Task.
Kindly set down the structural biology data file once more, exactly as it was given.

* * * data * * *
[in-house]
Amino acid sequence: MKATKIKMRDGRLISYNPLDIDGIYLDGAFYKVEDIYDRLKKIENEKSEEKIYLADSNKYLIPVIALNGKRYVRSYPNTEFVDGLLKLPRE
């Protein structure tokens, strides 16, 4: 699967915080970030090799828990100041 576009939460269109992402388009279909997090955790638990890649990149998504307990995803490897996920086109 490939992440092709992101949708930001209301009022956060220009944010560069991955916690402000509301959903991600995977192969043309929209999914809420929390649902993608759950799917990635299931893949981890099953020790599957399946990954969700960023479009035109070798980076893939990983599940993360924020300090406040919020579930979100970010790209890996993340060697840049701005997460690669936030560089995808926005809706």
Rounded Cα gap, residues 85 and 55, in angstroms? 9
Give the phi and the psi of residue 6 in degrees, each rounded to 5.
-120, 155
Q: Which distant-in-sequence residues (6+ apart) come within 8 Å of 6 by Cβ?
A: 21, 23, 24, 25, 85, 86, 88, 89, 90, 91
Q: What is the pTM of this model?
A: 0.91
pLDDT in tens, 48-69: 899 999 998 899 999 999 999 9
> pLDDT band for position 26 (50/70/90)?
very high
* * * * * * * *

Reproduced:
[in-house]
Amino acid sequence: MKATKIKMRDGRLISYNPLDIDGIYLDGAFYKVEDIYDRLKKIENEKSEEKIYLADSNKYLIPVIALNGKRYVRSYPNTEFVDGLLKLPRE
């Protein structure tokens, strides 16, 4: 699967915080970030090799828990100041 576009939460269109992402388009279909997090955790638990890649990149998504307990995803490897996920086109 490939992440092709992101949708930001209301009022956060220009944010560069991955916690402000509301959903991600995977192969043309929209999914809420929390649902993608759950799917990635299931893949981890099953020790599957399946990954969700960023479009035109070798980076893939990983599940993360924020300090406040919020579930979100970010790209890996993340060697840049701005997460690669936030560089995808926005809706």
Rounded Cα gap, residues 85 and 55, in angstroms? 9
Give the phi and the psi of residue 6 in degrees, each rounded to 5.
-120, 155
Q: Which distant-in-sequence residues (6+ apart) come within 8 Å of 6 by Cβ?
A: 21, 23, 24, 25, 85, 86, 88, 89, 90, 91
Q: What is the pTM of this model?
A: 0.91
pLDDT in tens, 48-69: 899 999 998 899 999 999 999 9
> pLDDT band for position 26 (50/70/90)?
very high